Tensile Modulus, Elastic Limit, Tensile Strength and Hardness
There are many different types of metal, each with its own set of properties. Hardness, tensile modulus, elastic limit and tensile strength are some of the important properties which needs to be taken into consideration when a metal is selected. Every type of metal has particular properties making it suitable for specific applications. The tensile modulus, elastic limit and tensile strength are all related to the stress-strain curve.
The stress-strain curve is the result of a tensile test which determines the tensile modulus, elastic limit and tensile strength. A test piece is fixed between two clamps, one applies tension on the test piece which will increase the surface tension. Deformation and ultimate fracturing may be caused by the surface tension.
The tensile modulus (E) indicates how easy the length of the material changes under pressure. The results are shown in the first part of the stress-strain curve. The more horizontal the curve is, the more force is required for stretching the material, indicating that the material is more resistant to change under pressure. The required force, for some materials, will also depend on the direction of the force applied. The tensile modulus is measured in N/mm2.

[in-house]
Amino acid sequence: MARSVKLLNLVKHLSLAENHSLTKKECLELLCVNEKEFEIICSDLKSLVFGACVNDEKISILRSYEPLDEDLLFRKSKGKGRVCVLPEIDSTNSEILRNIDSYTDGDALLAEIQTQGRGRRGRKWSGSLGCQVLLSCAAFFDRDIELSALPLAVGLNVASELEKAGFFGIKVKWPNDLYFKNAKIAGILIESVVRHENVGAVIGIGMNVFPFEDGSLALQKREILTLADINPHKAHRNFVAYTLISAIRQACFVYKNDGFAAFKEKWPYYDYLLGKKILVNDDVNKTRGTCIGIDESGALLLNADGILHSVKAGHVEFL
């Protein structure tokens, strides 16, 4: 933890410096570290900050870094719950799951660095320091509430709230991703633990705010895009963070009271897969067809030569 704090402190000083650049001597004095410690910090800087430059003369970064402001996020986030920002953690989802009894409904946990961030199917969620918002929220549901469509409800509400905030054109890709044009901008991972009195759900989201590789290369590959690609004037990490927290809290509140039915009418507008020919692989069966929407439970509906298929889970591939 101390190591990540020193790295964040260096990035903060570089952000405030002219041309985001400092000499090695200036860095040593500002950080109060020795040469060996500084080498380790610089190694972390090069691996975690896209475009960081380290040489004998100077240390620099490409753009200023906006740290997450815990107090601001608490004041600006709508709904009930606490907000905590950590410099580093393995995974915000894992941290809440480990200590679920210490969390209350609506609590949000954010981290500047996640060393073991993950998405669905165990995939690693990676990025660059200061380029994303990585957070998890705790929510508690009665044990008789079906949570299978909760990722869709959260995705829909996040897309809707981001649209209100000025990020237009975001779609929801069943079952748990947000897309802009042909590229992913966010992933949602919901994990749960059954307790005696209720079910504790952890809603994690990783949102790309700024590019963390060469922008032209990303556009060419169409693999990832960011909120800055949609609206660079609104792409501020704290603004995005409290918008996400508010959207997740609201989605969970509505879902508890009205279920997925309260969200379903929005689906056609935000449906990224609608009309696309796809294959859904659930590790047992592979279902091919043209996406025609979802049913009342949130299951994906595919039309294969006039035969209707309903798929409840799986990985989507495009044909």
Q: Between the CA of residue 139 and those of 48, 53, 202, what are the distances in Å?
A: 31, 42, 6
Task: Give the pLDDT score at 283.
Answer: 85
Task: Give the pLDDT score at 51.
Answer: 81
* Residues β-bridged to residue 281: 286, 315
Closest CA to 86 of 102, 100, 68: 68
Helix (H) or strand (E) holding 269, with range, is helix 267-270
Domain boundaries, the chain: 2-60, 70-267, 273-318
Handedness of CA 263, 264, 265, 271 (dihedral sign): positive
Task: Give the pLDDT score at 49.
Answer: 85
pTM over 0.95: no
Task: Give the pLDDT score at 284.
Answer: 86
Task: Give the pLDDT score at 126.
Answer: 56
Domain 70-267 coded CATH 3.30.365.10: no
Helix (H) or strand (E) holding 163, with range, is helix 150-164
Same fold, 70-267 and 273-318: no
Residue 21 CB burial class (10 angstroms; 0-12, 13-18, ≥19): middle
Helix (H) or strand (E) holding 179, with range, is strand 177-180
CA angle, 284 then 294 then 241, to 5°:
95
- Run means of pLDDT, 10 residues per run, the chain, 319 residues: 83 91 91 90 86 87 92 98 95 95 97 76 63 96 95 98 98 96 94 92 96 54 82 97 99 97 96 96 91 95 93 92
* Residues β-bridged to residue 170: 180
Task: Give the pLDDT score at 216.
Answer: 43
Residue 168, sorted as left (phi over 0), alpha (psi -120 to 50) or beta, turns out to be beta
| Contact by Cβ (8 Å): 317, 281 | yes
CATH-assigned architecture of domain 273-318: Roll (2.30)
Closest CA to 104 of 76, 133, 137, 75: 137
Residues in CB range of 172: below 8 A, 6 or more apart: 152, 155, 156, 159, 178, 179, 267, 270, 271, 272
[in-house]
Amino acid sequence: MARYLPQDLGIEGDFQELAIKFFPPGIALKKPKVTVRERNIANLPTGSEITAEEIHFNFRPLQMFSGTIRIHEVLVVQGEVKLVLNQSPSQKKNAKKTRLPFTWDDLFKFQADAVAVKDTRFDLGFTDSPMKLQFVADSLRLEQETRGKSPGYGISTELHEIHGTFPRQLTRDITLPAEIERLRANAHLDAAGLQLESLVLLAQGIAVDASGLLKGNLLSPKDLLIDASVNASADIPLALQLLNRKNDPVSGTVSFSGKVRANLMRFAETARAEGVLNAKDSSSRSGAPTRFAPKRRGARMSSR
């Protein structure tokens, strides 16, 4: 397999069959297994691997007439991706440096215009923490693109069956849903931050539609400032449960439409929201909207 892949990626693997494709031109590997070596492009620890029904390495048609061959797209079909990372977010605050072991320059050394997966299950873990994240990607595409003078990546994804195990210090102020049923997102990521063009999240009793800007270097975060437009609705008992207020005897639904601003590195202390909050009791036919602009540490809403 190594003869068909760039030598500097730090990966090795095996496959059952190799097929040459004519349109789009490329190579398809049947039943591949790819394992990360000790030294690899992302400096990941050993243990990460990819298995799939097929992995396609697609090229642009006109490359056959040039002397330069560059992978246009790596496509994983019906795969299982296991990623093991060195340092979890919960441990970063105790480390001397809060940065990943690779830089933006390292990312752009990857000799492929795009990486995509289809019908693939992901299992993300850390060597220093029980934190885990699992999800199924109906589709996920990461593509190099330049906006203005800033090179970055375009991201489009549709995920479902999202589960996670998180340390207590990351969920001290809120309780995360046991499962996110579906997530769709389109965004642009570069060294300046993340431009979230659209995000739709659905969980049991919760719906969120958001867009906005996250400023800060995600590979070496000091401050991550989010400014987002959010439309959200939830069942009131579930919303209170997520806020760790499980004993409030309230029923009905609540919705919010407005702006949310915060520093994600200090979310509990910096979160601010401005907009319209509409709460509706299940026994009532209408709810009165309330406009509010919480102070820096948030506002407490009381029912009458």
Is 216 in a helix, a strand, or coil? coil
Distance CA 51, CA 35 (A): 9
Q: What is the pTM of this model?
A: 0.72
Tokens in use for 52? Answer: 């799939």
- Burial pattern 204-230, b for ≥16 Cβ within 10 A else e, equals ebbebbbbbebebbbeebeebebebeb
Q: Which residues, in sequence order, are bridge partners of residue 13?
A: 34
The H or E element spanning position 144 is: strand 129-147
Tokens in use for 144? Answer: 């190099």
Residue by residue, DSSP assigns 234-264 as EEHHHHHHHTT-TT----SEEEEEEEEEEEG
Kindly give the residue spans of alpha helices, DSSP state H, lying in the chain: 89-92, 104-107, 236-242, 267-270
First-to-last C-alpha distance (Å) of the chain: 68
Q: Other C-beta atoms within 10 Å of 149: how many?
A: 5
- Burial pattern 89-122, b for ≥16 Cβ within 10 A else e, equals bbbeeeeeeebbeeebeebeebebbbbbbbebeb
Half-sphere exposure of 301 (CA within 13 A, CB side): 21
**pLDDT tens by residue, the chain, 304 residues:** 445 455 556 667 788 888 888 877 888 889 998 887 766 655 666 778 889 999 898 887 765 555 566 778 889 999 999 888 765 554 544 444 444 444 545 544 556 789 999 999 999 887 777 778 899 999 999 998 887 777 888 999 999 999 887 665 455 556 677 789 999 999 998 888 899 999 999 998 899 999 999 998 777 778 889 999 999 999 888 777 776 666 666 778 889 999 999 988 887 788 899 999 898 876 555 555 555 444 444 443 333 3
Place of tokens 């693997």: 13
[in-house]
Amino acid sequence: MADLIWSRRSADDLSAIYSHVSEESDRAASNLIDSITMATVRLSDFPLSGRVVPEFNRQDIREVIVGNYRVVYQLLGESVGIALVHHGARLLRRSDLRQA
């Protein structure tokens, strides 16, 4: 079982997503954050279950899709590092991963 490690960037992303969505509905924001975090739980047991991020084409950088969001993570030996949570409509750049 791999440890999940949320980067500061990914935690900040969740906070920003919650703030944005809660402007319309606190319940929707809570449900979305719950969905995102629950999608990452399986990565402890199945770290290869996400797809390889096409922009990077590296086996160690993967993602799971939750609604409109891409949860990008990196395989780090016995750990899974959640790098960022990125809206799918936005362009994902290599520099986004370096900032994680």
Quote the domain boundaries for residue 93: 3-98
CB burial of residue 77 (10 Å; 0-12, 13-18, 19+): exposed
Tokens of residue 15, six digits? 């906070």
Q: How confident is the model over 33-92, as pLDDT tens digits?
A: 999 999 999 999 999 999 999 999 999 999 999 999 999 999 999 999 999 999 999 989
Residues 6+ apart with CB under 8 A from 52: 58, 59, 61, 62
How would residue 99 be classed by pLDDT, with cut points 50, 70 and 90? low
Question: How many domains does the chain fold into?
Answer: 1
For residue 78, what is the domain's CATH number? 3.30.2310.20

The following formula can be used to determine the tensile modulus:
The point where material begins to deform under pressure is known as the elastic limit. Deformation of material is undesirable due to the affect it has on the functionality, strength and safety of a construction. The elastic limit (Re) indicates the maximum amount of stress that can be applied without deforming the material. It is not possible to determine the point where deformation starts to occur for certain materials, in which case a 0.2% elastic limit is used to indicate the point at which the material is 0.2% longer than it was before any stress was applied. Re = 0.2%.
Tensile strength (Rm) is the maximum stress which material can withstand. Never to be exceeded.
Hardness measures the resistance of material to change shape. The Brinell, Rockwell and Vickers scales are methods to determine the hardness by measuring the depth of penetration of an indenter on the material surface.